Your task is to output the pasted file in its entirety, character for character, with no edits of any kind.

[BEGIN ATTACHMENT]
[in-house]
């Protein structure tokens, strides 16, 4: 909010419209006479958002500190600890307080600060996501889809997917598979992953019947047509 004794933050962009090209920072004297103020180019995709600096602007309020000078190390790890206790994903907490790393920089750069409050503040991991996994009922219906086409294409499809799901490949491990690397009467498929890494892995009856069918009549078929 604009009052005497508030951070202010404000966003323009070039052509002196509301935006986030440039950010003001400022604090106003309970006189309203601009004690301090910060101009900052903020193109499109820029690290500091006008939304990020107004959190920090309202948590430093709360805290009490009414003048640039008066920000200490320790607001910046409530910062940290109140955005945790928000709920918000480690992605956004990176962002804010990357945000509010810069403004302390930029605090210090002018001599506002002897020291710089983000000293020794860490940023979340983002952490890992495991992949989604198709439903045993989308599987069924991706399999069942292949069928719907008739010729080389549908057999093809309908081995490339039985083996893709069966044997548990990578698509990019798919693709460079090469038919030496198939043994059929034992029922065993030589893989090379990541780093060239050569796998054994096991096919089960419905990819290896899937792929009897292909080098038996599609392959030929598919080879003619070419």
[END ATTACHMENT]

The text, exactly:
[in-house]
């Protein structure tokens, strides 16, 4: 909010419209006479958002500190600890307080600060996501889809997917598979992953019947047509 004794933050962009090209920072004297103020180019995709600096602007309020000078190390790890206790994903907490790393920089750069409050503040991991996994009922219906086409294409499809799901490949491990690397009467498929890494892995009856069918009549078929 604009009052005497508030951070202010404000966003323009070039052509002196509301935006986030440039950010003001400022604090106003309970006189309203601009004690301090910060101009900052903020193109499109820029690290500091006008939304990020107004959190920090309202948590430093709360805290009490009414003048640039008066920000200490320790607001910046409530910062940290109140955005945790928000709920918000480690992605956004990176962002804010990357945000509010810069403004302390930029605090210090002018001599506002002897020291710089983000000293020794860490940023979340983002952490890992495991992949989604198709439903045993989308599987069924991706399999069942292949069928719907008739010729080389549908057999093809309908081995490339039985083996893709069966044997548990990578698509990019798919693709460079090469038919030496198939043994059929034992029922065993030589893989090379990541780093060239050569796998054994096991096919089960419905990819290896899937792929009897292909080098038996599609392959030929598919080879003619070419």